HR: Absolutely, the numbers are extraordinary. There’s still a lot of stigma associated with mental health. The moment it’s on your record you can’t get health cover. We encourage people to get support, but the reality is there are financial ramifications for getting help. There’s things like that we’ve got to look at.
PW: What do millennials think about large organisations?
HR: There’s huge distrust. It comes from a generation whose salient years have been the GFC, Enron, the BP oil spill, companies like VW. This is top of the mind for millennials. Then you add on youth unemployment, and young people have got the impression that a fundamental social contract with them has been broken.
They are burdened by levels of debt after completing an education and they’re not walking into jobs. When they do get work, they want to be somewhere where they feel valued, where there is autonomy and flexibility. Large-scale institutions haven’t adapted for a generation that has grown up in the early stage of the knowledge economy, and that’s the clash that’s playing out.
PW: What should be the strategy for engaging better with young employees?
HR: For a long time, it’s been: we’re a law firm, or we’re a bank. That’s never going to get anyone through the door anymore. Communication around the organisation and what it’s about needs to shift to make it apparent that it’s about something bigger: improving wellbeing, impacting society – and there needs to be evidence of how you live that. Young people love this David and Goliath thing. If they can bring down the giant, they will.
The other thing is understanding that work structure needs to be thought about differently. You have people wanting autonomy and flexibility, and you’ve also got a shift that’s happening towards project or portfolio-based work. In the future, I might want to have my life structured so 30 per cent of my time is here, 30 per cent of my time’s here, and then 40 per cent of it is spent here, or I want to come in and do that project for you and then leave.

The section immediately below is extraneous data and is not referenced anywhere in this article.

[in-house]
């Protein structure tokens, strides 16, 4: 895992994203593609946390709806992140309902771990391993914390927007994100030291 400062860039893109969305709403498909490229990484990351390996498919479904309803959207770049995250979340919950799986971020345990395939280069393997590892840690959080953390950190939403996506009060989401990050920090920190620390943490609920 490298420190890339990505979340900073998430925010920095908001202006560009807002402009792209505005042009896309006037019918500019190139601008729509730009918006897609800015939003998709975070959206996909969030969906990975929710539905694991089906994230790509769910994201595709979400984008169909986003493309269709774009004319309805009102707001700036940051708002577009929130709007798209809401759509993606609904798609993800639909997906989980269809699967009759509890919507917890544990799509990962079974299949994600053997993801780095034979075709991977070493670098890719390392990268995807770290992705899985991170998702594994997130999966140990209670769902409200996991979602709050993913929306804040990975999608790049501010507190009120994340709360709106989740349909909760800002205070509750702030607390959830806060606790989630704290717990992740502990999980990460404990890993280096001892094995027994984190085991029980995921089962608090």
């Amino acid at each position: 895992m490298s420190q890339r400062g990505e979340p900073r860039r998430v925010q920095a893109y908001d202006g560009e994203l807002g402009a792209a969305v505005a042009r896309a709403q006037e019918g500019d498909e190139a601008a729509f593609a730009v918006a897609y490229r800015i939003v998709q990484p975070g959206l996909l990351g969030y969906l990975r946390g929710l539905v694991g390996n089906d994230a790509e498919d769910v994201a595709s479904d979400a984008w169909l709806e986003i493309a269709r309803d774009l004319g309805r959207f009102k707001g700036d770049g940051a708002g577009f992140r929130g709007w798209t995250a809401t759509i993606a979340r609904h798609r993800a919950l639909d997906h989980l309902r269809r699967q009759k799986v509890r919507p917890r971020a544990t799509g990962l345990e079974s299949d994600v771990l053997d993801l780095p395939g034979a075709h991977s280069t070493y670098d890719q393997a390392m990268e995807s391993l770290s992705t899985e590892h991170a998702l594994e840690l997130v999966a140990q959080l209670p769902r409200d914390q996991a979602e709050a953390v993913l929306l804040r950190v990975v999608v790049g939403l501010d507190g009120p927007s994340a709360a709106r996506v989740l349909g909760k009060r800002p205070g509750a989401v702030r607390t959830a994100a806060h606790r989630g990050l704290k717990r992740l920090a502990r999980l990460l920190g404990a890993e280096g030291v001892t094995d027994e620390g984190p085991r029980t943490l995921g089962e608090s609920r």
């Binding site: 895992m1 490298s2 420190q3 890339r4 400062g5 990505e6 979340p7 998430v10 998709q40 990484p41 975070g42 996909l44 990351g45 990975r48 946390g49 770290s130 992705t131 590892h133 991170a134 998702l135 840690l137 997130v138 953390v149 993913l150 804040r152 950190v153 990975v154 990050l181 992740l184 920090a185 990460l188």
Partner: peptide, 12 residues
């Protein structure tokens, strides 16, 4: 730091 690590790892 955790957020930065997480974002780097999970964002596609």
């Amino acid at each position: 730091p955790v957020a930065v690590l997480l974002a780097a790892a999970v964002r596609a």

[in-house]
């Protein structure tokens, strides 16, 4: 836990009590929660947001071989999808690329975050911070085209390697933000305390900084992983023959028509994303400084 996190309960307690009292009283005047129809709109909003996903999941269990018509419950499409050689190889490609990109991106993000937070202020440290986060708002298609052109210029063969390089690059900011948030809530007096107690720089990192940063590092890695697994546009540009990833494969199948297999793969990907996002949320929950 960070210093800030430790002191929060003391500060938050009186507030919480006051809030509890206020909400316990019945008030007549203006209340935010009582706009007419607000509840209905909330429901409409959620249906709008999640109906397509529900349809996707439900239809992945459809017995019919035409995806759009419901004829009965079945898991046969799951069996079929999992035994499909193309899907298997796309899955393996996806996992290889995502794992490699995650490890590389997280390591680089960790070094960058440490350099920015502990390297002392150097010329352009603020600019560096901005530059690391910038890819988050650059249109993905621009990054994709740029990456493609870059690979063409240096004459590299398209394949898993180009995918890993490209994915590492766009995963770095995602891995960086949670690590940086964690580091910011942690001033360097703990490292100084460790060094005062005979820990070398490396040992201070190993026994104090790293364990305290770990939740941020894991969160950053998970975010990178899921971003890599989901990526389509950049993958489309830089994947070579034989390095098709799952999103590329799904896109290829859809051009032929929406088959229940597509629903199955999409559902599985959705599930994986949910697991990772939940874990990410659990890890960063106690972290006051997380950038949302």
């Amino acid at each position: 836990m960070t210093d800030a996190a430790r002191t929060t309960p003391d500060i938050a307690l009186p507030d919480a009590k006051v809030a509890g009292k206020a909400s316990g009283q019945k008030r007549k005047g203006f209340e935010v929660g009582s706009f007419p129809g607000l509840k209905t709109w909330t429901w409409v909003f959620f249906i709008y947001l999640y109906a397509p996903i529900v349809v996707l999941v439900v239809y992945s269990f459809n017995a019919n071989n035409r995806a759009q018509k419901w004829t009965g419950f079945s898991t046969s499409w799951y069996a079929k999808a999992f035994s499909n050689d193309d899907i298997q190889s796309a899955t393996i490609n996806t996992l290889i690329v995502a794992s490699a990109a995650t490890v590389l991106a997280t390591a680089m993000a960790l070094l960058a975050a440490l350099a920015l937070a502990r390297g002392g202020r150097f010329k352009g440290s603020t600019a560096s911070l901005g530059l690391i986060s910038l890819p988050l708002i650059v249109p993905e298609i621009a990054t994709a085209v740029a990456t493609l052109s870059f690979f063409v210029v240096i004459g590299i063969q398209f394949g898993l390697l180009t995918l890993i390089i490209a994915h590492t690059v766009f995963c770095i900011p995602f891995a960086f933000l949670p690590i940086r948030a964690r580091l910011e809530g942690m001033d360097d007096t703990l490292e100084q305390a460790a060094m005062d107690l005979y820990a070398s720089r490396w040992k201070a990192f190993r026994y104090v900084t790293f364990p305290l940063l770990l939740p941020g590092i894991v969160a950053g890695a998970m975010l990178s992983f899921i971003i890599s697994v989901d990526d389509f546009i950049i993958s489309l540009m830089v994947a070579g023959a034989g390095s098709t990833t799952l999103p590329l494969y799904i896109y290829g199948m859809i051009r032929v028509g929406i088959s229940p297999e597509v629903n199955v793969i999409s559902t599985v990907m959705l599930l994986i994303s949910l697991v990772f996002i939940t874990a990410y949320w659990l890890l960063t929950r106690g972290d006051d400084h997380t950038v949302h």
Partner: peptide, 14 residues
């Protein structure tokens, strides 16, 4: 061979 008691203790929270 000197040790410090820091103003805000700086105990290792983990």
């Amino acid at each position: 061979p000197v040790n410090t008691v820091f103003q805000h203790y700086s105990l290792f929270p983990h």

Right now, the way that we employ and think about acquisition of skills, doesn’t work that way. You get people in and they climb a ladder. But you’re going to miss the best talent if you want to operate that way, because the fluidity people want, the dynamism of the way they want to work, is not supported in that structure.
PW: In some of the issues you work with daily, what are the priorities?
HR: Every week, I get scores of emails from young people who have been made redundant, or are struggling to find a job, or are back studying because nothing else is available. It’s making sure we keep the finger on the pulse of this topic, pushing our leaders to do more.
A big challenge for us – and millennials – is where our education is directing people. I’m a recovering law student. In 2013, we had 900 law graduates in WA for 200 law jobs. We oversupplied the market by 700.
Globally, we’re slipping across mathematics and science. Yet that’s at the forefront of economic competitiveness. We need to think about how we’re teaching entrepreneurship, financial literacy, communication and resilience to enable young people to weather a working world that doesn’t operate in a linear way any more.
Then there’s the role of business in creating opportunities for millennials. We’ve got the lowest completion rate in the developed world for work placement. We have to bring together universities and business to provide experience and facilitate pathways to employment. We are 33rd out of 33 in the OECD for connections between higher education institutions and business. You can’t be competitive if you’re bottom of the barrel.
PW: Is there any other message you’d like to leave us with?
HR: What can businesses do to change the landscape for millennials? Sometimes this stuff doesn’t get off the ground because it needs to be a company-wide initiative, and it will involve X budget. My point is: What can you do? Can you reach out and make the time to have coffee with the person who’s trying to get ahead? Or talk about how to get into the labour market? When your company next puts forward proposals for board members, how about suggesting someone who’s under the age of 35, because it will do wonders for your bottom line, let alone the cross-pollination it will bring into your organisation.
It’s understanding your ability to drive change. Often we don’t get out of the starting box because we make it seem harder, or bigger, more cumbersome than it needs to be.
Holly Ransom is a speaker at AHRI’s National Convention from 3 to 5 August 2016 in Brisbane. To check event details and to register, click here.